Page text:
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Anne Ridgway

on 27 July 2016

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Transcript of Differentiation

To differentiate instruction is to recognize students’ varying background knowledge, readiness, language, preferences in learning and interests, and to react responsively. Differentiated instruction is a process to teaching and learning for students of differing abilities in the same class. The intent of differentiating instruction is to maximize each student’s growth and individual success by meeting each student where he or she is, and assisting in the learning process.

Hall, Tracy. "Differentiated Instruction and Implications for UDL Implementation." The Access Center. Word Press, 08/21/2012. Web. 21 Aug 2012.

Ms. Ridgway has been studying differentiation in-depth since 2005. She also has been working on her dissertation (doctorate paper) that has over 30 plus pages of documented research on HOW this benefits students.

All this means is that your teacher is willing to take the time to meet the needs of all
learners in various ways!
What exactly are the smart
features of a person?
What makes up our intelligences?
Multiple Intelligence Theory
According to Howard Gardner, human beings have nine different kinds of intelligence that reflect different ways of interacting with the world. Each person has a unique combination, or profile. Although we each have all nine intelligences, no two individuals have them in the same exact configuration -- similar to our fingerprints.
Remember, Gardner also considers intelligence to be flexible or malleable; it can change as you develop based on your experiences.
So why differentiate?
So what does this cartoon imply about
taking major tests that are for a grade in the classroom?
So if we all have different abilities, then what exactly makes us smart?
1. Linguistic Intelligence
2. Logical/Math Intelligence
3. Musical Rhythmic Intelligence
4. Bodily/Kinesthetic Intelligence
5. Spatial Intelligence
6. Naturalist Intelligence
7. Intrapersonal Intelligence
8. Interpersonal Intelligence
9. Existential Intelligence
What are the intelligences?
So how does this affect classwork?
All the time Ms. Ridgway has been assessing you and figuring out what you need...think back to class work where you were in certain groups, got a certain assignment, got a certain quiz...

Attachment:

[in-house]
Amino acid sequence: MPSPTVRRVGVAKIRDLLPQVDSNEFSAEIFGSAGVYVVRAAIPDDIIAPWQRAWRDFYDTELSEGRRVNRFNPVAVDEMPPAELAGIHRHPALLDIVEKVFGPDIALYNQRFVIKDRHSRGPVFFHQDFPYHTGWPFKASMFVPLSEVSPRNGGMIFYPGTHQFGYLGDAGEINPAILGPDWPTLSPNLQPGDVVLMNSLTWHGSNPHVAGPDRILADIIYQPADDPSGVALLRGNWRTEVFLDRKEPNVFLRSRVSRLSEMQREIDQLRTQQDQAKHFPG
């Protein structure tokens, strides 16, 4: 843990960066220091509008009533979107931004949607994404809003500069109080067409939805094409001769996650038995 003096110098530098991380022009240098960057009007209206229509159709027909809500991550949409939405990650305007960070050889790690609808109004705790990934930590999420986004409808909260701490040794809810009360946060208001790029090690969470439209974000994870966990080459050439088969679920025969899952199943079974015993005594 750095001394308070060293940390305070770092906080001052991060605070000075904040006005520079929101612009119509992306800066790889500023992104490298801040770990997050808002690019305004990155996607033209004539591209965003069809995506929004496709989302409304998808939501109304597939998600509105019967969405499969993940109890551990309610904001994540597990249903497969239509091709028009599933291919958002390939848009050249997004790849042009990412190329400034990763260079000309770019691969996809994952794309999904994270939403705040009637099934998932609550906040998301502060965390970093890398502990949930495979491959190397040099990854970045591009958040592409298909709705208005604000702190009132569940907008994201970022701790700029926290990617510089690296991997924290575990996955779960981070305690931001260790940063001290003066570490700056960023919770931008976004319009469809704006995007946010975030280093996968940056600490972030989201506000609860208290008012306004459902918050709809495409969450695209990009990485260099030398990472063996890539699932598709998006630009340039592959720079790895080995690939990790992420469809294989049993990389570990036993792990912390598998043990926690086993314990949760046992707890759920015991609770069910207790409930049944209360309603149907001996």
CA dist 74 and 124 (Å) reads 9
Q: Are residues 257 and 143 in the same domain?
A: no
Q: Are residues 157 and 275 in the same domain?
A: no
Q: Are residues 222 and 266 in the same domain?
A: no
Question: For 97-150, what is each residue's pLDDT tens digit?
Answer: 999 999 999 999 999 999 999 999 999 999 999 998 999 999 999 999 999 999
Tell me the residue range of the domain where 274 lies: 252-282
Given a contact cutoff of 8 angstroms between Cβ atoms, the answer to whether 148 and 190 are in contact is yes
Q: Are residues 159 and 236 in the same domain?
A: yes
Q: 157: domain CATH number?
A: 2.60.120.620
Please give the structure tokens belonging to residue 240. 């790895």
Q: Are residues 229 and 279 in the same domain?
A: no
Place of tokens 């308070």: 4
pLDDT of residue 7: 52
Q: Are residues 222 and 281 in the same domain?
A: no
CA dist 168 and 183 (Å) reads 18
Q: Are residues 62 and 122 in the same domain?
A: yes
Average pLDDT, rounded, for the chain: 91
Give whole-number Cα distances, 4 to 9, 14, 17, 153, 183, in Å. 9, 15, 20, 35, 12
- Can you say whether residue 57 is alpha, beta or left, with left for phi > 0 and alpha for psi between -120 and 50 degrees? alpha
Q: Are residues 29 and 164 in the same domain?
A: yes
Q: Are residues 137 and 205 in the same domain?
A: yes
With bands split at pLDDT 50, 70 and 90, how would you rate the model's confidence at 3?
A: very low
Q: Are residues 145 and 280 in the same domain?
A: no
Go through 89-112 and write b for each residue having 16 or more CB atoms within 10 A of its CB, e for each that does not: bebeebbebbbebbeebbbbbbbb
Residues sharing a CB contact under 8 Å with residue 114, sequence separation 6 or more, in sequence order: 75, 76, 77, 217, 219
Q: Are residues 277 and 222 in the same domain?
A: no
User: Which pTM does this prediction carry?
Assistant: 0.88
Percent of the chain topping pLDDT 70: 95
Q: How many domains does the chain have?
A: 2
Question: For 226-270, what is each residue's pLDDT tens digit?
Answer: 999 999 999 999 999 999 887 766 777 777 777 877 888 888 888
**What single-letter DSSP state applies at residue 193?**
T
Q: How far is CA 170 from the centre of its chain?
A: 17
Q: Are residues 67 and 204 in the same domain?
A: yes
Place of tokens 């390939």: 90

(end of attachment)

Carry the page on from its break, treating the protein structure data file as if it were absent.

Ms. Ridgway maybe even gave you a copy of Mindset so you could study it at home because she knew it would help certain students to have their own copy.
How do we take some of our quizzes and tests???
The key is to for the teacher to incorporate
as many of the intelligences into your curriculum that you
are already strong in with the ones
that you are weak in as the year
goes on; sometimes you will work on
projects and assignments
that relate to your strengths
and other times
your weaknesses.
For some of our quizzes/tests we will order them into tiers based on either the level you feel comfortable, the level you earn, or the level I have faith you can handle.
Remember, quizzes in this class are formative grades. Not all are taken for a 'grade.' Some are to provide a numerical and written feedback to help you improve on building knowledge and skills.
So what are the tiers?
This drawing on the right is something Ms. Ridgway did on the computer. There is a program that can make you draw like Jackson Pollack!
What intelligences influenced Pollack if he could paint the painting on the left? Remember, it may seem like just scattered paint on a canvas, but it is a lot more than that.
What is this triangle of color?
This is NOT your Lexile/reading grouping or Mindset scenarios. This is used specifically when assigning certain work.
At times, these colors will represent
groups you will be placed in based on
your performance in class on certain strands of learning.
Think of the red as you starting to understand the material, orange means you are starting to grasp the concepts, yellow means you are almost there yet you need more review, and green means you have mastered this concept. Blue and purple are the top tiers showcasing that you are more than ready to teach the subject or create something for class to showcase to others to help us all dig deeper into the learning!
Success in the Classroom!
What did students say about taking
different formative or summative
assessments in relation to WOW and other
“The WOW process helped us stretch our minds out, because we wrote definitions in our own words.”
“The picture kept the word in my head.”
“You can tell a WOW word because it keeps coming up over and over, so you know it’s important.”
“Yeah, WOW words are usually in the EQs [essential questions] or I can just spot them in the book now.”
Facts do not lie: Students in class showed improvement
from pre-test to post test; students made on average over twenty points better on the post-test. Students also retained knowledge after a long time when another post-test was given.
~This is from Ms. Ridgway's paper from her Specialist degree!
The tiers will be based on various areas. For example, if we are taking a formative assessment on WOW words, Ms. Ridgway may make three or four different quizzes to assess your knowledge of these words. These quizzes will be given in different formats based on the needs of the learner. An example could be a rigorous quiz for students who are comfortable writing long paragraphs and using pictures to convey their learning. Another example might be a quiz that is divided into many different sections with word banks because some students perform better in little chunks.

When a formative or summative assessment occurs, you will know your tier before the assessment happens.
Consider this work of art...took Michelangelo four years to paint the ceiling and six to paint the altar!
Some people consider that you have many areas
that make up your abilities, not one IQ.
Full transcript